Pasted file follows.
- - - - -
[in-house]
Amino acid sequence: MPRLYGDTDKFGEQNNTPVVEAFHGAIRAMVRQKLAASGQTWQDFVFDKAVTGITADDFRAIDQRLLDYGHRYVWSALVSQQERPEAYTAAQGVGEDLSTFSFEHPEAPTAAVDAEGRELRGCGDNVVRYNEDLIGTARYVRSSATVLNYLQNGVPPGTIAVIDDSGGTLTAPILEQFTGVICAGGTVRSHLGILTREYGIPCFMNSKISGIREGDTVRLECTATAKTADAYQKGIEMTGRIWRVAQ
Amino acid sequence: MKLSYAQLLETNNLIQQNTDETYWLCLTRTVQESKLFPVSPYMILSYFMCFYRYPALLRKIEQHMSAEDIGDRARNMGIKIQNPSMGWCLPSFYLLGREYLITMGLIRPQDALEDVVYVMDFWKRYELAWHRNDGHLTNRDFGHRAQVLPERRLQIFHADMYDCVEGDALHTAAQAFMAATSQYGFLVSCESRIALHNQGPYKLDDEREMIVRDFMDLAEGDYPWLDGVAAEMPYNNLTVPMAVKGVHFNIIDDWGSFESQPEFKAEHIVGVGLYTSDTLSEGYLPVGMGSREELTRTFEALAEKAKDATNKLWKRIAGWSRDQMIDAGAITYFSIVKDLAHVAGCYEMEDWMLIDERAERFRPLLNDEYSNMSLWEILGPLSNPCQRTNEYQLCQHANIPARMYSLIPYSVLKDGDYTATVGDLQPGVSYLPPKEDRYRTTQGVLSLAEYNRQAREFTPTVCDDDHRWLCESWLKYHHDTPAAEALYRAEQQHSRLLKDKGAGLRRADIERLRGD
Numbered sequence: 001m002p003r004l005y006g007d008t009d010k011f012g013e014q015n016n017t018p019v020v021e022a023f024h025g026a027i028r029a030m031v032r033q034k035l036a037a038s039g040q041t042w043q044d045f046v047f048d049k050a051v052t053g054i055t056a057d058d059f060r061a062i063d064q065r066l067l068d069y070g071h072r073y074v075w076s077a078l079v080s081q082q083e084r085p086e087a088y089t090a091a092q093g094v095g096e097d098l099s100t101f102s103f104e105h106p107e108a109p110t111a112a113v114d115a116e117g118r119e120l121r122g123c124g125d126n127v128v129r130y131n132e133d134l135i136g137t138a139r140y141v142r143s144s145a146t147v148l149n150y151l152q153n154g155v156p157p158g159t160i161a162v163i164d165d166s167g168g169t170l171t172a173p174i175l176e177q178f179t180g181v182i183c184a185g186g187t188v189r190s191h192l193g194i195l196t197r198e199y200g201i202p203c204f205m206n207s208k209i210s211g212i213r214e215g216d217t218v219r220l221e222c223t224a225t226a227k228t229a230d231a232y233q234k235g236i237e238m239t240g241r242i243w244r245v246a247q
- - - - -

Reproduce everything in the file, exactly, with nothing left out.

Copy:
[in-house]
Amino acid sequence: MPRLYGDTDKFGEQNNTPVVEAFHGAIRAMVRQKLAASGQTWQDFVFDKAVTGITADDFRAIDQRLLDYGHRYVWSALVSQQERPEAYTAAQGVGEDLSTFSFEHPEAPTAAVDAEGRELRGCGDNVVRYNEDLIGTARYVRSSATVLNYLQNGVPPGTIAVIDDSGGTLTAPILEQFTGVICAGGTVRSHLGILTREYGIPCFMNSKISGIREGDTVRLECTATAKTADAYQKGIEMTGRIWRVAQ
Amino acid sequence: MKLSYAQLLETNNLIQQNTDETYWLCLTRTVQESKLFPVSPYMILSYFMCFYRYPALLRKIEQHMSAEDIGDRARNMGIKIQNPSMGWCLPSFYLLGREYLITMGLIRPQDALEDVVYVMDFWKRYELAWHRNDGHLTNRDFGHRAQVLPERRLQIFHADMYDCVEGDALHTAAQAFMAATSQYGFLVSCESRIALHNQGPYKLDDEREMIVRDFMDLAEGDYPWLDGVAAEMPYNNLTVPMAVKGVHFNIIDDWGSFESQPEFKAEHIVGVGLYTSDTLSEGYLPVGMGSREELTRTFEALAEKAKDATNKLWKRIAGWSRDQMIDAGAITYFSIVKDLAHVAGCYEMEDWMLIDERAERFRPLLNDEYSNMSLWEILGPLSNPCQRTNEYQLCQHANIPARMYSLIPYSVLKDGDYTATVGDLQPGVSYLPPKEDRYRTTQGVLSLAEYNRQAREFTPTVCDDDHRWLCESWLKYHHDTPAAEALYRAEQQHSRLLKDKGAGLRRADIERLRGD
Numbered sequence: 001m002p003r004l005y006g007d008t009d010k011f012g013e014q015n016n017t018p019v020v021e022a023f024h025g026a027i028r029a030m031v032r033q034k035l036a037a038s039g040q041t042w043q044d045f046v047f048d049k050a051v052t053g054i055t056a057d058d059f060r061a062i063d064q065r066l067l068d069y070g071h072r073y074v075w076s077a078l079v080s081q082q083e084r085p086e087a088y089t090a091a092q093g094v095g096e097d098l099s100t101f102s103f104e105h106p107e108a109p110t111a112a113v114d115a116e117g118r119e120l121r122g123c124g125d126n127v128v129r130y131n132e133d134l135i136g137t138a139r140y141v142r143s144s145a146t147v148l149n150y151l152q153n154g155v156p157p158g159t160i161a162v163i164d165d166s167g168g169t170l171t172a173p174i175l176e177q178f179t180g181v182i183c184a185g186g187t188v189r190s191h192l193g194i195l196t197r198e199y200g201i202p203c204f205m206n207s208k209i210s211g212i213r214e215g216d217t218v219r220l221e222c223t224a225t226a227k228t229a230d231a232y233q234k235g236i237e238m239t240g241r242i243w244r245v246a247q